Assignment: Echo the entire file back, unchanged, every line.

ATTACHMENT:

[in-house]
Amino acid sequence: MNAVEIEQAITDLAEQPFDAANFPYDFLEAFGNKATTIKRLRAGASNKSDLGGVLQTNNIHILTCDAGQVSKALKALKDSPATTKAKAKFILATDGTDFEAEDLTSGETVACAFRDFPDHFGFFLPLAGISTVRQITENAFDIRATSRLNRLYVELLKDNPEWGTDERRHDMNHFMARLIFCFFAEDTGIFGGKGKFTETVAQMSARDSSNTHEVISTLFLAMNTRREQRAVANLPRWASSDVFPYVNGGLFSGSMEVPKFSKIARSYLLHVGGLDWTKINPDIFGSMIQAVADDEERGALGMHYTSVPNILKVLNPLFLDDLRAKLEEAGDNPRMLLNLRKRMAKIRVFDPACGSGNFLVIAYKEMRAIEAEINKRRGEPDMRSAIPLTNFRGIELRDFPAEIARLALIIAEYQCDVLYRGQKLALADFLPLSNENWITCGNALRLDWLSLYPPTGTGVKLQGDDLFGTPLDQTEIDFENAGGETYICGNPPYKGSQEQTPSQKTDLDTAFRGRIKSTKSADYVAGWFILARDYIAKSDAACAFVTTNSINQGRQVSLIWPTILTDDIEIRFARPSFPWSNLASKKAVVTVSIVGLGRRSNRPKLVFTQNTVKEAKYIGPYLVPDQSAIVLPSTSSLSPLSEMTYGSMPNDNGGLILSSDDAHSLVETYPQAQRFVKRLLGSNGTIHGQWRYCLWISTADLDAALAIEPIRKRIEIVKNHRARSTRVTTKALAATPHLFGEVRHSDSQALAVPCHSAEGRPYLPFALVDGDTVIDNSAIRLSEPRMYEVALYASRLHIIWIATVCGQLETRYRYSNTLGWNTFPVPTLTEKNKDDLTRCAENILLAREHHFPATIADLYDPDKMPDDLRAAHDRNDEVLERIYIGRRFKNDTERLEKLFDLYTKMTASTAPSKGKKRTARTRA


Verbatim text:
[in-house]
Amino acid sequence: MNAVEIEQAITDLAEQPFDAANFPYDFLEAFGNKATTIKRLRAGASNKSDLGGVLQTNNIHILTCDAGQVSKALKALKDSPATTKAKAKFILATDGTDFEAEDLTSGETVACAFRDFPDHFGFFLPLAGISTVRQITENAFDIRATSRLNRLYVELLKDNPEWGTDERRHDMNHFMARLIFCFFAEDTGIFGGKGKFTETVAQMSARDSSNTHEVISTLFLAMNTRREQRAVANLPRWASSDVFPYVNGGLFSGSMEVPKFSKIARSYLLHVGGLDWTKINPDIFGSMIQAVADDEERGALGMHYTSVPNILKVLNPLFLDDLRAKLEEAGDNPRMLLNLRKRMAKIRVFDPACGSGNFLVIAYKEMRAIEAEINKRRGEPDMRSAIPLTNFRGIELRDFPAEIARLALIIAEYQCDVLYRGQKLALADFLPLSNENWITCGNALRLDWLSLYPPTGTGVKLQGDDLFGTPLDQTEIDFENAGGETYICGNPPYKGSQEQTPSQKTDLDTAFRGRIKSTKSADYVAGWFILARDYIAKSDAACAFVTTNSINQGRQVSLIWPTILTDDIEIRFARPSFPWSNLASKKAVVTVSIVGLGRRSNRPKLVFTQNTVKEAKYIGPYLVPDQSAIVLPSTSSLSPLSEMTYGSMPNDNGGLILSSDDAHSLVETYPQAQRFVKRLLGSNGTIHGQWRYCLWISTADLDAALAIEPIRKRIEIVKNHRARSTRVTTKALAATPHLFGEVRHSDSQALAVPCHSAEGRPYLPFALVDGDTVIDNSAIRLSEPRMYEVALYASRLHIIWIATVCGQLETRYRYSNTLGWNTFPVPTLTEKNKDDLTRCAENILLAREHHFPATIADLYDPDKMPDDLRAAHDRNDEVLERIYIGRRFKNDTERLEKLFDLYTKMTASTAPSKGKKRTARTRA